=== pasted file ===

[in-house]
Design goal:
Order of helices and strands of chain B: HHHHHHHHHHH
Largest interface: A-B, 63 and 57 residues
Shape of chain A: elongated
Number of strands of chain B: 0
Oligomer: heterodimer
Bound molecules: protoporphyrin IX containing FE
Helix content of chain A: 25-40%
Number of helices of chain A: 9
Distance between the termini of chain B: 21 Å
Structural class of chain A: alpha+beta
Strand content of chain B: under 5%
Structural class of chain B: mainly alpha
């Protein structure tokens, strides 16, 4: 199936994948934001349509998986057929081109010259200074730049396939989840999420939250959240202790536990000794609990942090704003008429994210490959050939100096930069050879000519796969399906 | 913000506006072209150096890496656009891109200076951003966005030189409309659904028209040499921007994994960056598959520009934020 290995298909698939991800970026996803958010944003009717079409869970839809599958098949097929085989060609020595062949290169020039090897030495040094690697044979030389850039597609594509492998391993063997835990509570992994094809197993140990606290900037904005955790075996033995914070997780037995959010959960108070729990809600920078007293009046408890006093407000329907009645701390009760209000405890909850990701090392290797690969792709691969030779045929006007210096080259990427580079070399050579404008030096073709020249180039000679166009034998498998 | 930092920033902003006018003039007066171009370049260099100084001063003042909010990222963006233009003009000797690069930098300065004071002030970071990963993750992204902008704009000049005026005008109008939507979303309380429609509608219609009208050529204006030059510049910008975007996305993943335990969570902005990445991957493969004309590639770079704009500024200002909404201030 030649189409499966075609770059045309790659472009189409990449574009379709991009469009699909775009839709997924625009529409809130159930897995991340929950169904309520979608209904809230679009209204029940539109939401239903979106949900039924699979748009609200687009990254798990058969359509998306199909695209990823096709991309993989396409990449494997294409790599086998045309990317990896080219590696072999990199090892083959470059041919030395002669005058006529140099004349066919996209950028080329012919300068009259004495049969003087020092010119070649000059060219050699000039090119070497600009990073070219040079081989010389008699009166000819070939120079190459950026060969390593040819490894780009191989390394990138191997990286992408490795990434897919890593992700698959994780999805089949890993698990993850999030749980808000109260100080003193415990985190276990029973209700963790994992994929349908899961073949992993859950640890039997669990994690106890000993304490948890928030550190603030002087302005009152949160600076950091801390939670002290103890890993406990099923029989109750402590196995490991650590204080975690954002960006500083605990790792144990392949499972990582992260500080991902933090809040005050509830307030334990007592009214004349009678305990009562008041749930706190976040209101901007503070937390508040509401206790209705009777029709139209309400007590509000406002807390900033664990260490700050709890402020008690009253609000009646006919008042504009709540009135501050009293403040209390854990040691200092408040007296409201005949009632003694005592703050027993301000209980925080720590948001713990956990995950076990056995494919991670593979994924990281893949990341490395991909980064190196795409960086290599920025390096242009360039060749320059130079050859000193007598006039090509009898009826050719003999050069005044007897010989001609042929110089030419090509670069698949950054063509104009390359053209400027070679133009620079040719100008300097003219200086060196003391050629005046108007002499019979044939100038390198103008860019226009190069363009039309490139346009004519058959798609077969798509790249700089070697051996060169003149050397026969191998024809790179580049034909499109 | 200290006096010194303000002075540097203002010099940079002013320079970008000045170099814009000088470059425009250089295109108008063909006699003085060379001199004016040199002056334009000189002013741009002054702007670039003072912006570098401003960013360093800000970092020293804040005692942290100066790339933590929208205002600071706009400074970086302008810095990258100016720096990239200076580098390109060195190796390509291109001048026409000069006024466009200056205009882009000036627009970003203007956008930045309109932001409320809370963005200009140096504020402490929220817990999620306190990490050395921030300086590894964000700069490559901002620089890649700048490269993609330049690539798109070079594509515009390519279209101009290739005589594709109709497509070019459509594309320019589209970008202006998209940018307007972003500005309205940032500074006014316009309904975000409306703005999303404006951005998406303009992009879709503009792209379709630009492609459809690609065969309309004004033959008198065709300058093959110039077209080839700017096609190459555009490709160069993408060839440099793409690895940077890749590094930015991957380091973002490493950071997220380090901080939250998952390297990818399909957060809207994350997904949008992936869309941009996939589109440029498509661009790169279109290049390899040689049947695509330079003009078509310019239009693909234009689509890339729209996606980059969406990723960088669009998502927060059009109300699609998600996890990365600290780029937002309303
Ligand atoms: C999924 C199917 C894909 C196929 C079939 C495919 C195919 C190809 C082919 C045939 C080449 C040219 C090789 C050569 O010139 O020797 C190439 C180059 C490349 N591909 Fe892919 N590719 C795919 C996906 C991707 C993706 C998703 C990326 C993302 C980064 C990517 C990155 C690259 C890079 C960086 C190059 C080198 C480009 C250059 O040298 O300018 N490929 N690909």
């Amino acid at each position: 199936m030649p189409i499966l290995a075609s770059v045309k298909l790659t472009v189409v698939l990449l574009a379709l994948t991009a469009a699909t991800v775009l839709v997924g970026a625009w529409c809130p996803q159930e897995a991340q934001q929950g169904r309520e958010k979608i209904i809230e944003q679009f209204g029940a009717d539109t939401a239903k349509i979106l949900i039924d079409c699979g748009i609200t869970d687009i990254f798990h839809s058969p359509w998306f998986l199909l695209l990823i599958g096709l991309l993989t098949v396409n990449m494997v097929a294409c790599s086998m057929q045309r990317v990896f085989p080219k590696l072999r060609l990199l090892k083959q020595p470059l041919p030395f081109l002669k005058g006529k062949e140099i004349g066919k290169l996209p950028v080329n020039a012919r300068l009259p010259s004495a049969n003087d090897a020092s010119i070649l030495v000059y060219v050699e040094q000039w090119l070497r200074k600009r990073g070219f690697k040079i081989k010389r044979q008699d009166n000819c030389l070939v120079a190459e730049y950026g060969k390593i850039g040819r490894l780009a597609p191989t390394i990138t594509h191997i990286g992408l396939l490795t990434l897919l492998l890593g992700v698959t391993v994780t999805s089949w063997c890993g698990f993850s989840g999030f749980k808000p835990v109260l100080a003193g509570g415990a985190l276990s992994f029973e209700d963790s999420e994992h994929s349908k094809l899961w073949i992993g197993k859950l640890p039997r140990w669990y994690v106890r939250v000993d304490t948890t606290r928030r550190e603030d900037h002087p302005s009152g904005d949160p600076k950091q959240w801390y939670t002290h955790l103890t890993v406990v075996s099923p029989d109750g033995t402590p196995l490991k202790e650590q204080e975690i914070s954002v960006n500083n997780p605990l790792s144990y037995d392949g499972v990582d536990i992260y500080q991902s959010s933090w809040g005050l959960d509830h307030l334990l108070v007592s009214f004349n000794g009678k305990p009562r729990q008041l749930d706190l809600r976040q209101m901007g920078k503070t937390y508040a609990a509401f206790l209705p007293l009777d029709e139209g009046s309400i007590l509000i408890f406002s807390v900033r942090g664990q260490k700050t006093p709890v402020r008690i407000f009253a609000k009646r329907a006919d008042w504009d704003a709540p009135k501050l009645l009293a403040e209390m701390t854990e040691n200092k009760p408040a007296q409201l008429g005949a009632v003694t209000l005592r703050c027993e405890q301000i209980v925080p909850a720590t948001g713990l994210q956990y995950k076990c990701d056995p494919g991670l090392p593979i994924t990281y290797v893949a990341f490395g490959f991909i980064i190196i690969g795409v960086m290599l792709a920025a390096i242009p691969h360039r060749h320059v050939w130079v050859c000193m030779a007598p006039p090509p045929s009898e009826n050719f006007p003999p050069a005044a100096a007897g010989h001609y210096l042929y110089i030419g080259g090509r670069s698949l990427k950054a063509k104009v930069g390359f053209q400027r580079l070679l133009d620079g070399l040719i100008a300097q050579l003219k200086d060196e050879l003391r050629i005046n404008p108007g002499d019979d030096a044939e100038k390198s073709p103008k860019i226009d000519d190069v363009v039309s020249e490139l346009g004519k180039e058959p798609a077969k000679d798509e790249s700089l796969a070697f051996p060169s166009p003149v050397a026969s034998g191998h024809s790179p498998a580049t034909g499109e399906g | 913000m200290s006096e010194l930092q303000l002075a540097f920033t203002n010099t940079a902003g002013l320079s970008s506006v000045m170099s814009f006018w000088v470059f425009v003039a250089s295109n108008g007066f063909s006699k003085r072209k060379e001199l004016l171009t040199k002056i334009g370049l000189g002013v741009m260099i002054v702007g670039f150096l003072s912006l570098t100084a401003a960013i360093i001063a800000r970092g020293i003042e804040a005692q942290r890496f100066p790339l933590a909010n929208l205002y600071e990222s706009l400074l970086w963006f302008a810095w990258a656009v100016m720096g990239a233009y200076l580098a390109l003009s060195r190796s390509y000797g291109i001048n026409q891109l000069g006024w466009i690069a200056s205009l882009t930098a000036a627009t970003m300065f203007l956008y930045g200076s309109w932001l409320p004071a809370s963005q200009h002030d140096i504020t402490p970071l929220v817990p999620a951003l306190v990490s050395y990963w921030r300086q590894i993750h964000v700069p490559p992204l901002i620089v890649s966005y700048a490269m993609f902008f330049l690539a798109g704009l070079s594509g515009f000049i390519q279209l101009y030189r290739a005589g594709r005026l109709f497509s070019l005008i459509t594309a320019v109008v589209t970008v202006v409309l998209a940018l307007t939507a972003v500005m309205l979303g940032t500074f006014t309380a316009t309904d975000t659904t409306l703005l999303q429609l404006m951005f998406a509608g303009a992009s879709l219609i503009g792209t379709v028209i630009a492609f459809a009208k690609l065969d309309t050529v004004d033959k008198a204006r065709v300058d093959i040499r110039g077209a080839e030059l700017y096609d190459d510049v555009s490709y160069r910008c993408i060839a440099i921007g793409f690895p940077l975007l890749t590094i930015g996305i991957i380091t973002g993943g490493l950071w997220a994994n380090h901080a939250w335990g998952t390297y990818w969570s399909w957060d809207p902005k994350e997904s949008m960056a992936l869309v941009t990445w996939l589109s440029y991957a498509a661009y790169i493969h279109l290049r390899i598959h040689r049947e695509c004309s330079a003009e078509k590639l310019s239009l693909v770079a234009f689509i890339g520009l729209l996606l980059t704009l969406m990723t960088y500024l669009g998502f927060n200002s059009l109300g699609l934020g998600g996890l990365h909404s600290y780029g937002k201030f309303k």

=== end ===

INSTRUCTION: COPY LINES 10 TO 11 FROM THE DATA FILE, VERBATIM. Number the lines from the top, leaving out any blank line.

Number of helices of chain A: 9
Distance between the termini of chain B: 21 Å